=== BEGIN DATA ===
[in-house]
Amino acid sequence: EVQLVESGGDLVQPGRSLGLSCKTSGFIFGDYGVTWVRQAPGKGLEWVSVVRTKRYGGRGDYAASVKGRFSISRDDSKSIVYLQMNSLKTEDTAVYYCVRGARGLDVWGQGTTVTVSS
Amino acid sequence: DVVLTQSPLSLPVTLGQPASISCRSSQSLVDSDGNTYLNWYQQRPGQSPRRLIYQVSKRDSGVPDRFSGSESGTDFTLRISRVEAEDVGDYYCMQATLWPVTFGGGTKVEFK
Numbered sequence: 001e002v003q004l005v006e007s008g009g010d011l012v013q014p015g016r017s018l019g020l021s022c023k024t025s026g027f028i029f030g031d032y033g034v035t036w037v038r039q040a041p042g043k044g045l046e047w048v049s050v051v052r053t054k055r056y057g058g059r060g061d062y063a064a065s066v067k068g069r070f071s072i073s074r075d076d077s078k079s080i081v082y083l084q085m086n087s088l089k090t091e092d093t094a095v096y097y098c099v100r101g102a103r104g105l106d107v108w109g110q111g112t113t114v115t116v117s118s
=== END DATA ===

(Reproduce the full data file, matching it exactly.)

[in-house]
Amino acid sequence: EVQLVESGGDLVQPGRSLGLSCKTSGFIFGDYGVTWVRQAPGKGLEWVSVVRTKRYGGRGDYAASVKGRFSISRDDSKSIVYLQMNSLKTEDTAVYYCVRGARGLDVWGQGTTVTVSS
Amino acid sequence: DVVLTQSPLSLPVTLGQPASISCRSSQSLVDSDGNTYLNWYQQRPGQSPRRLIYQVSKRDSGVPDRFSGSESGTDFTLRISRVEAEDVGDYYCMQATLWPVTFGGGTKVEFK
Numbered sequence: 001e002v003q004l005v006e007s008g009g010d011l012v013q014p015g016r017s018l019g020l021s022c023k024t025s026g027f028i029f030g031d032y033g034v035t036w037v038r039q040a041p042g043k044g045l046e047w048v049s050v051v052r053t054k055r056y057g058g059r060g061d062y063a064a065s066v067k068g069r070f071s072i073s074r075d076d077s078k079s080i081v082y083l084q085m086n087s088l089k090t091e092d093t094a095v096y097y098c099v100r101g102a103r104g105l106d107v108w109g110q111g112t113t114v115t116v117s118s